Law, Business Ethics, and Social Responsibility

In 1997, the Internal Revenue Service (IRS) disciplined employees who, out of curiosity, were looking up tax returns of famous people. The employees were not working on the taxpayers’ returns. They were not obtaining information for investigations; they were simply checking to see who made how much income. The IRS fired 23 employees, disciplined 349, and provided counseling for 472. During 1996 and 1997, the IRS investigated 1,515 cases of snooping among its 102,000 employees. By 2007, the number of snooping investigations was increasing by about 400 per year, with employee disciplinary actions taken in about one-half of the cases. About 60 cases per year are referred for criminal prosecution of employees. By 2012, the IRS had implemented an audit program that tracked employee searches of records to detect
access in comparison to the employees’ work assignments and whether the files of individual taxpayers that employees pulled up were related to the audit or review functions that they had been assigned. The report concluded that the tracking was deficient in determining authorization for the employees to access certain files and needed to be improved. Is this practice so bad? What is wrong with just looking at data accessible at work? The IRS employees said they did not disclose the data and therefore didn’t violate federal privacy laws. Are ethics and laws the same thing?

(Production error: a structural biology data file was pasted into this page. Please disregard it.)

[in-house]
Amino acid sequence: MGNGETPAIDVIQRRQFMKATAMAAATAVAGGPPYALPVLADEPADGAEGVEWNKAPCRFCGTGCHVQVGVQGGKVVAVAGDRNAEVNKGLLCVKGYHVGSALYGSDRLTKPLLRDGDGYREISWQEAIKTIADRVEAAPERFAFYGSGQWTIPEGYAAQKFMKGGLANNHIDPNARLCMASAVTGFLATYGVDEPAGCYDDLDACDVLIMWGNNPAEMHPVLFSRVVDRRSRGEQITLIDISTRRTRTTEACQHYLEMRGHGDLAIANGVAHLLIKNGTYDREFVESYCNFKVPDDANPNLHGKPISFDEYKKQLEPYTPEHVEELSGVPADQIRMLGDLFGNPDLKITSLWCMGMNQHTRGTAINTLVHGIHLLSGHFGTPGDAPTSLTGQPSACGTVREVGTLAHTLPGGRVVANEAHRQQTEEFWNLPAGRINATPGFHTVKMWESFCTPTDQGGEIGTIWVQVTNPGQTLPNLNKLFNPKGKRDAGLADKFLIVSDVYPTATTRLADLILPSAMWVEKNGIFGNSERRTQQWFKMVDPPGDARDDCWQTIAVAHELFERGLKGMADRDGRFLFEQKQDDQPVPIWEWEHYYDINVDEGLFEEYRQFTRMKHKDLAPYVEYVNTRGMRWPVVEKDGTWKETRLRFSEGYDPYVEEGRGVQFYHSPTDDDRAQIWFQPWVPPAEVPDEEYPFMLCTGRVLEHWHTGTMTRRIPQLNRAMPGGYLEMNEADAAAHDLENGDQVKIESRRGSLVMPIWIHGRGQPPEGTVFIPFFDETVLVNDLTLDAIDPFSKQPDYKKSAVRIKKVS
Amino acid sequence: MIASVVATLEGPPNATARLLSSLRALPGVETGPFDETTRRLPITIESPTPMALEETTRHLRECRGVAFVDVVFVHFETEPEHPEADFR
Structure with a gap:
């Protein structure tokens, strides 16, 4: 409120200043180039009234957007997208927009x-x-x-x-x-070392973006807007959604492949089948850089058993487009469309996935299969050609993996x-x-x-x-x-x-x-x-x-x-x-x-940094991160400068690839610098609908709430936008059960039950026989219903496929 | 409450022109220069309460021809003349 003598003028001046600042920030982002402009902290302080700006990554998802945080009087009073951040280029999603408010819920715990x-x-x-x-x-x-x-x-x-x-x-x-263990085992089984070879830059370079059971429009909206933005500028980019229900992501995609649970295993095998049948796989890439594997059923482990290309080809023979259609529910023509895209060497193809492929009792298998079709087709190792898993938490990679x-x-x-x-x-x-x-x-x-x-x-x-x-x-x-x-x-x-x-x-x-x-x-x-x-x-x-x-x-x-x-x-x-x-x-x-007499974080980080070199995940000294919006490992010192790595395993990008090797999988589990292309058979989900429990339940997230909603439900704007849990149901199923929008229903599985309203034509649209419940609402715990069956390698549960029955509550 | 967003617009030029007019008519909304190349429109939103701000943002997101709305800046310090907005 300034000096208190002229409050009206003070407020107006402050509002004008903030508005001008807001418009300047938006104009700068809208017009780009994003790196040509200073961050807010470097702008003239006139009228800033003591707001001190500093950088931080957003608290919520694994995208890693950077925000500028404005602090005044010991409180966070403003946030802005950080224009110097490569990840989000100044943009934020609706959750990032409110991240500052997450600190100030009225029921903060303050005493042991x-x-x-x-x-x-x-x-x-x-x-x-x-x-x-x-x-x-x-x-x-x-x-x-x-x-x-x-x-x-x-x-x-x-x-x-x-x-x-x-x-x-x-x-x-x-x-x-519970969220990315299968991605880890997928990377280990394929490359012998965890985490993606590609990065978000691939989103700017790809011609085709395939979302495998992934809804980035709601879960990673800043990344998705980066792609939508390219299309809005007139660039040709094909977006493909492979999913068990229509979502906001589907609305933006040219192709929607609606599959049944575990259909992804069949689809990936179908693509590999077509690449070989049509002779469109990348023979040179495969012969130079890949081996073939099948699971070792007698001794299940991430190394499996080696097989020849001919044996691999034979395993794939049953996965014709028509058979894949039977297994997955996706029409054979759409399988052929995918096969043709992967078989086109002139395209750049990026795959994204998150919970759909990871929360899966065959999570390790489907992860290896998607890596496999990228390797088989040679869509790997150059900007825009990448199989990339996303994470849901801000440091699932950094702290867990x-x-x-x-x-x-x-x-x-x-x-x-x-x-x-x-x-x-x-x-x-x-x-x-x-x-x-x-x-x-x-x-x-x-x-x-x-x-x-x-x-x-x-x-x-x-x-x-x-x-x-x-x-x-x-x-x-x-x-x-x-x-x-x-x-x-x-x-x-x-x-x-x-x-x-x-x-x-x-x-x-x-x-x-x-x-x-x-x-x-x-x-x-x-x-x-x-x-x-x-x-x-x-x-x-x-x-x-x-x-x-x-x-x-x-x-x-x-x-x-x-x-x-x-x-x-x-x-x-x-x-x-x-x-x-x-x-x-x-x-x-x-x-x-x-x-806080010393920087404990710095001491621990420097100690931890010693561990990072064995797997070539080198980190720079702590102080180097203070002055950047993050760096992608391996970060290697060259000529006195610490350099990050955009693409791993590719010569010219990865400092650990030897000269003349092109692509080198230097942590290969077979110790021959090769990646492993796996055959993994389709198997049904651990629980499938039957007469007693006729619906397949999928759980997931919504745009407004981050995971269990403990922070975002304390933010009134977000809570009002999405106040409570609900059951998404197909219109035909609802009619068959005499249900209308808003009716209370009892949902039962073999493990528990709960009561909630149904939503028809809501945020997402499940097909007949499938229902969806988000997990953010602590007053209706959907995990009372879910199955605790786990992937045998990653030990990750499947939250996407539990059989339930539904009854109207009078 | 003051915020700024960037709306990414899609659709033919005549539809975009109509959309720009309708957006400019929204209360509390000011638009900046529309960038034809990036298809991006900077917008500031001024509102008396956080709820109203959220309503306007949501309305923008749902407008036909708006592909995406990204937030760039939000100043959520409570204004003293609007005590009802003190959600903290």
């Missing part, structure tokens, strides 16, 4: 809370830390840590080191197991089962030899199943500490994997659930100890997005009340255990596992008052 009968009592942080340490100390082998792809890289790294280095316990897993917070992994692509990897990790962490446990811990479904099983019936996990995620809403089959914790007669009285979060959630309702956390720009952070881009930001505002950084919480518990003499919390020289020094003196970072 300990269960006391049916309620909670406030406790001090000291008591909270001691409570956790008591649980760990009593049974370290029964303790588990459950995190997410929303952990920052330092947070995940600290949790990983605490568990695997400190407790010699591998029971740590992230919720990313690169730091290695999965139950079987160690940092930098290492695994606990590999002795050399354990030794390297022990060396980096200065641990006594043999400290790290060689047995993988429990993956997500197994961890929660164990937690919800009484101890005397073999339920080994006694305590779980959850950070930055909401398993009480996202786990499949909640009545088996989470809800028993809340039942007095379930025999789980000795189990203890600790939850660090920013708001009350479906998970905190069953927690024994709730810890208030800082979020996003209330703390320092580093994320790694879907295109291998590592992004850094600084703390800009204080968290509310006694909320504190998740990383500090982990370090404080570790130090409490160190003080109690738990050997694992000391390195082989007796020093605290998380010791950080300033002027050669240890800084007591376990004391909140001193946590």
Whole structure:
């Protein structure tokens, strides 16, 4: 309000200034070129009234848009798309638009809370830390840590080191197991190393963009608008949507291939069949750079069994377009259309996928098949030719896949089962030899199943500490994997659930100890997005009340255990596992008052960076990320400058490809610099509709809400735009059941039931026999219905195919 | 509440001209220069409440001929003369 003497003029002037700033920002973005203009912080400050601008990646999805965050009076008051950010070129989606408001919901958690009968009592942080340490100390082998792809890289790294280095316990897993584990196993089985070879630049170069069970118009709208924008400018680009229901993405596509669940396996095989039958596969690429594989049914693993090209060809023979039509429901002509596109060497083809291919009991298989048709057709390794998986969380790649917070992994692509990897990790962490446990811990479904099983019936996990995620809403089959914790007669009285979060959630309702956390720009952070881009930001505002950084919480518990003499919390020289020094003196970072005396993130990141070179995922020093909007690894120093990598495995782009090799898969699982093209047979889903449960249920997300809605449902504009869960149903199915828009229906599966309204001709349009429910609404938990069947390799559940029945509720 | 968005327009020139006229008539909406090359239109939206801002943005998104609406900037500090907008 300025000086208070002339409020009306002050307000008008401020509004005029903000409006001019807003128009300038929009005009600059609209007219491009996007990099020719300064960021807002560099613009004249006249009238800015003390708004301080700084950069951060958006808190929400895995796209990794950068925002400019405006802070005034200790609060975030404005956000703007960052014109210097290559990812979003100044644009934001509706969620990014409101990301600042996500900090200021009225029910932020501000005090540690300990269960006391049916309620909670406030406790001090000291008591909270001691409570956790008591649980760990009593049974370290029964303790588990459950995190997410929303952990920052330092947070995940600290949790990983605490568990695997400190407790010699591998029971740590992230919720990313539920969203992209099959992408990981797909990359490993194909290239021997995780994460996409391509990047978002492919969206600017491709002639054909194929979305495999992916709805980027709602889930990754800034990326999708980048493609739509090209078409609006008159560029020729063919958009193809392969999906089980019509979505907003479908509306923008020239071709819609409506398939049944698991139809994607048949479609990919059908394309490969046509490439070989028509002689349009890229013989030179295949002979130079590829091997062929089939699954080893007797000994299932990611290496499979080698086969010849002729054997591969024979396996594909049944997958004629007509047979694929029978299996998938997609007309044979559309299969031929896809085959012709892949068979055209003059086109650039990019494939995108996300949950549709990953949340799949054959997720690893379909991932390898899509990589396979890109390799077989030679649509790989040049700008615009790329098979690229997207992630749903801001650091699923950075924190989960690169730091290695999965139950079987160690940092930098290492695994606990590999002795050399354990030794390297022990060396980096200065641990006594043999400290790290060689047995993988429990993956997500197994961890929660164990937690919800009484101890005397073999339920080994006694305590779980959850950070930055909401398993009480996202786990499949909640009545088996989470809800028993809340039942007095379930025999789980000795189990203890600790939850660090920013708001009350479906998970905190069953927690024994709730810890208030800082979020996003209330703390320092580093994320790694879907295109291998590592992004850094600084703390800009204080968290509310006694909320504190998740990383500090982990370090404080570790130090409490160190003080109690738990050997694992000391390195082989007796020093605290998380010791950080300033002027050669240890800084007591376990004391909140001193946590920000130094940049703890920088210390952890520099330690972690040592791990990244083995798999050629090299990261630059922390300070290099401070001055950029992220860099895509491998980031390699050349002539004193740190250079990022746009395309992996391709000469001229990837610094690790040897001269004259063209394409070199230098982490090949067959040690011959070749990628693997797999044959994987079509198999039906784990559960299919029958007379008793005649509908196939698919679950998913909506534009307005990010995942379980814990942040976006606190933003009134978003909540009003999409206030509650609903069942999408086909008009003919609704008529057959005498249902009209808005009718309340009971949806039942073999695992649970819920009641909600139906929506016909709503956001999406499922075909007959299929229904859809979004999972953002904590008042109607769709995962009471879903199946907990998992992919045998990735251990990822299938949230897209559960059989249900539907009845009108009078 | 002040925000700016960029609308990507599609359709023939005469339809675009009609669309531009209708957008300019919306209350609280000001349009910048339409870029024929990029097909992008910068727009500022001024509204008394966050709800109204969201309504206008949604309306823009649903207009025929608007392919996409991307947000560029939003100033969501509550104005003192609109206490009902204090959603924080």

Jennings, Marianne M.. Business: Its Legal, Ethical, and Global Environment (p. 185). Cengage Learning. Kindle Edition.

Jason Jones, a 19-year-old U.S. Naval Academy midshipman, killed John and Carole Hall when he collided with the rear of their car, which was on the shoulder of the road. Mr. Jones was driving 80 to 105 mph and talking on a cell phone when he struck the Halls’ car. He was prosecuted for manslaughter and negligent driving. Negligent driving is a misdemeanor and carries a $500 fine. Manslaughter requires proof that the defendant knew the conduct was likely to cause death or severe bodily harm. Testimony by experts for the prosecution indicated that cell phone use while driving is an enormous distraction. The increased accident rate during cell phone use while driving is placed at between 34% and 300% by various experts. It is not illegal in Maryland to use a cell phone while driving. Can someone be convicted for crimes related to conduct that is not illegal? Was mens rea present here?

Jennings, Marianne M.. Business: Its Legal, Ethical, and Global Environment (p. 291). Cengage Learning. Kindle Edition.

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